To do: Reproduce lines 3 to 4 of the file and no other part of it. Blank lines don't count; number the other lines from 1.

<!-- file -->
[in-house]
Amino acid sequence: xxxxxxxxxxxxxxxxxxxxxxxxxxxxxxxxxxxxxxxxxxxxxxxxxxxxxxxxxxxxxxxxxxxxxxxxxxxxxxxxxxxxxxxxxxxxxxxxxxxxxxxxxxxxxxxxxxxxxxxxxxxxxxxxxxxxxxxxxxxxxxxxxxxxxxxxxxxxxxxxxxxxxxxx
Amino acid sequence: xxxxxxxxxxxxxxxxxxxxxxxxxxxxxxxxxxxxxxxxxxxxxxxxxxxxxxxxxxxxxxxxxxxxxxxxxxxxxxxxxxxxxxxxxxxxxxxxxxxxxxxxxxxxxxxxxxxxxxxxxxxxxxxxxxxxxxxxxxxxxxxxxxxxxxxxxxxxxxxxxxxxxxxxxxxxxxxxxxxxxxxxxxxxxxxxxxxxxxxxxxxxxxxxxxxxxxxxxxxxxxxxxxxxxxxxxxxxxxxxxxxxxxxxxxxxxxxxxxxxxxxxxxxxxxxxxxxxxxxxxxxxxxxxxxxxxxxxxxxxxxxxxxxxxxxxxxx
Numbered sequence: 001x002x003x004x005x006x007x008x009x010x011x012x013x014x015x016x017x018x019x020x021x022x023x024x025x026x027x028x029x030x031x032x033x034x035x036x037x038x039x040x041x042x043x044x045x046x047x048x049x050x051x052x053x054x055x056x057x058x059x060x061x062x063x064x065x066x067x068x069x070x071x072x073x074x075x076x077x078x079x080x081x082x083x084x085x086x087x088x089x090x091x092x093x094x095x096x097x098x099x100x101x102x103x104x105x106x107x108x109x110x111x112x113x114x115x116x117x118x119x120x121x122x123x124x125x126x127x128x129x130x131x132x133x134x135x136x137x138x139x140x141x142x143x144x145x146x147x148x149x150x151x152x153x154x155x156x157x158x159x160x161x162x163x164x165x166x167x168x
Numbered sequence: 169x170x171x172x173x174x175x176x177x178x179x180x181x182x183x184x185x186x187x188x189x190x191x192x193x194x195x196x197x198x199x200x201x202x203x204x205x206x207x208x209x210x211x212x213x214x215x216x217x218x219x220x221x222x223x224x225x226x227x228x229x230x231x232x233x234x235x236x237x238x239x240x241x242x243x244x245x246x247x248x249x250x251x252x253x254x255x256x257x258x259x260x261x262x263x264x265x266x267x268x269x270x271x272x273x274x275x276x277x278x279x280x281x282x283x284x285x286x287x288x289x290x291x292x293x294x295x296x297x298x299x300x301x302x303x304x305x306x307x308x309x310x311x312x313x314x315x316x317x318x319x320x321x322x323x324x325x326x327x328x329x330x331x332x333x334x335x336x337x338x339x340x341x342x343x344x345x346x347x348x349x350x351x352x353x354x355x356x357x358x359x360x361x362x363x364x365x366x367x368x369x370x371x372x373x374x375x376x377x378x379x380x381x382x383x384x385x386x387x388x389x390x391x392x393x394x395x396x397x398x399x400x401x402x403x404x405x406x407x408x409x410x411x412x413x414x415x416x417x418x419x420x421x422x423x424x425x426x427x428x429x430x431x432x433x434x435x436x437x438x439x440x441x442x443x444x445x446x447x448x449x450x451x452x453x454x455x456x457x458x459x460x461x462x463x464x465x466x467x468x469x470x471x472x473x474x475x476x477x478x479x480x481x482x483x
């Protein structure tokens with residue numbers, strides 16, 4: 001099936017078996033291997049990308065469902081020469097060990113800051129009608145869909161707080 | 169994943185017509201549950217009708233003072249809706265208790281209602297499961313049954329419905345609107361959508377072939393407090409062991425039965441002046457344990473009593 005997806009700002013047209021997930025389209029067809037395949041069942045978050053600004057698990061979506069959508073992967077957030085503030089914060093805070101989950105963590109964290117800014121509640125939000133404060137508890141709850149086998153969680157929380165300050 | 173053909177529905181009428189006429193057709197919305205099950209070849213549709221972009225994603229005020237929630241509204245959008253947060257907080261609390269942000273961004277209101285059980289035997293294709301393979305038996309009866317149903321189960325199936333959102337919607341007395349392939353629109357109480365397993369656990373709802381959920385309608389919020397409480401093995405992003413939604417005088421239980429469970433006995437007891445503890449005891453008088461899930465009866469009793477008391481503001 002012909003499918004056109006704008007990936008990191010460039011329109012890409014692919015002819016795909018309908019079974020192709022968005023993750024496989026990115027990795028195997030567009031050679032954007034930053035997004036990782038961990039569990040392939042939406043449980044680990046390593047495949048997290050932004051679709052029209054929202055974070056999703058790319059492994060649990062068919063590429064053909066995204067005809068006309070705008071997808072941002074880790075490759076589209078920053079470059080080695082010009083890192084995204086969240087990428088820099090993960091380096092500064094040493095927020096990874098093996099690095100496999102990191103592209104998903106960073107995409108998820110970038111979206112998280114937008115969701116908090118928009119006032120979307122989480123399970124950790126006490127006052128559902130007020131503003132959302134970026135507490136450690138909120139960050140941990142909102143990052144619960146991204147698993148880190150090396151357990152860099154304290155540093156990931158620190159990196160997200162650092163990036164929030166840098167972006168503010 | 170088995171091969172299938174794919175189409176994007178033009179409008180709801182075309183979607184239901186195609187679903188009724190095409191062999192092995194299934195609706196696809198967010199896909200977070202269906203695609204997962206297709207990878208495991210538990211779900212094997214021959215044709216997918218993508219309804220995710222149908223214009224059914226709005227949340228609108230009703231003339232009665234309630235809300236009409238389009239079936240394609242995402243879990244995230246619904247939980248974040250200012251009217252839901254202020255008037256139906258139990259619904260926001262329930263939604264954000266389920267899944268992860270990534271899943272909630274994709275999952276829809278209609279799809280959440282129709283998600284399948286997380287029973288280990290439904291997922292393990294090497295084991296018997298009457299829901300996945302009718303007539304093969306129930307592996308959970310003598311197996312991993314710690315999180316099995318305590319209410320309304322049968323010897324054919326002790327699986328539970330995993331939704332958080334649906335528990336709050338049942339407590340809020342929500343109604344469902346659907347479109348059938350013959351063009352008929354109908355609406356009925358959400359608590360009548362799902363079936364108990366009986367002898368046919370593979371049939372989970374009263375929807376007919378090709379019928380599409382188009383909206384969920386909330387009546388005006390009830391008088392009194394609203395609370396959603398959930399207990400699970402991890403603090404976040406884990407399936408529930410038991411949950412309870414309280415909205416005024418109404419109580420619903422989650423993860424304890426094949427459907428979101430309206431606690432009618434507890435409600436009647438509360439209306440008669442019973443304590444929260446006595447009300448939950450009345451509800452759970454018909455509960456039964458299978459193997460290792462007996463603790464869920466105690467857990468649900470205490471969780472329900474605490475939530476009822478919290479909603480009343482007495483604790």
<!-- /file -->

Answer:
Amino acid sequence: xxxxxxxxxxxxxxxxxxxxxxxxxxxxxxxxxxxxxxxxxxxxxxxxxxxxxxxxxxxxxxxxxxxxxxxxxxxxxxxxxxxxxxxxxxxxxxxxxxxxxxxxxxxxxxxxxxxxxxxxxxxxxxxxxxxxxxxxxxxxxxxxxxxxxxxxxxxxxxxxxxxxxxxxxxxxxxxxxxxxxxxxxxxxxxxxxxxxxxxxxxxxxxxxxxxxxxxxxxxxxxxxxxxxxxxxxxxxxxxxxxxxxxxxxxxxxxxxxxxxxxxxxxxxxxxxxxxxxxxxxxxxxxxxxxxxxxxxxxxxxxxxxxxxxxxxxxx
Numbered sequence: 001x002x003x004x005x006x007x008x009x010x011x012x013x014x015x016x017x018x019x020x021x022x023x024x025x026x027x028x029x030x031x032x033x034x035x036x037x038x039x040x041x042x043x044x045x046x047x048x049x050x051x052x053x054x055x056x057x058x059x060x061x062x063x064x065x066x067x068x069x070x071x072x073x074x075x076x077x078x079x080x081x082x083x084x085x086x087x088x089x090x091x092x093x094x095x096x097x098x099x100x101x102x103x104x105x106x107x108x109x110x111x112x113x114x115x116x117x118x119x120x121x122x123x124x125x126x127x128x129x130x131x132x133x134x135x136x137x138x139x140x141x142x143x144x145x146x147x148x149x150x151x152x153x154x155x156x157x158x159x160x161x162x163x164x165x166x167x168x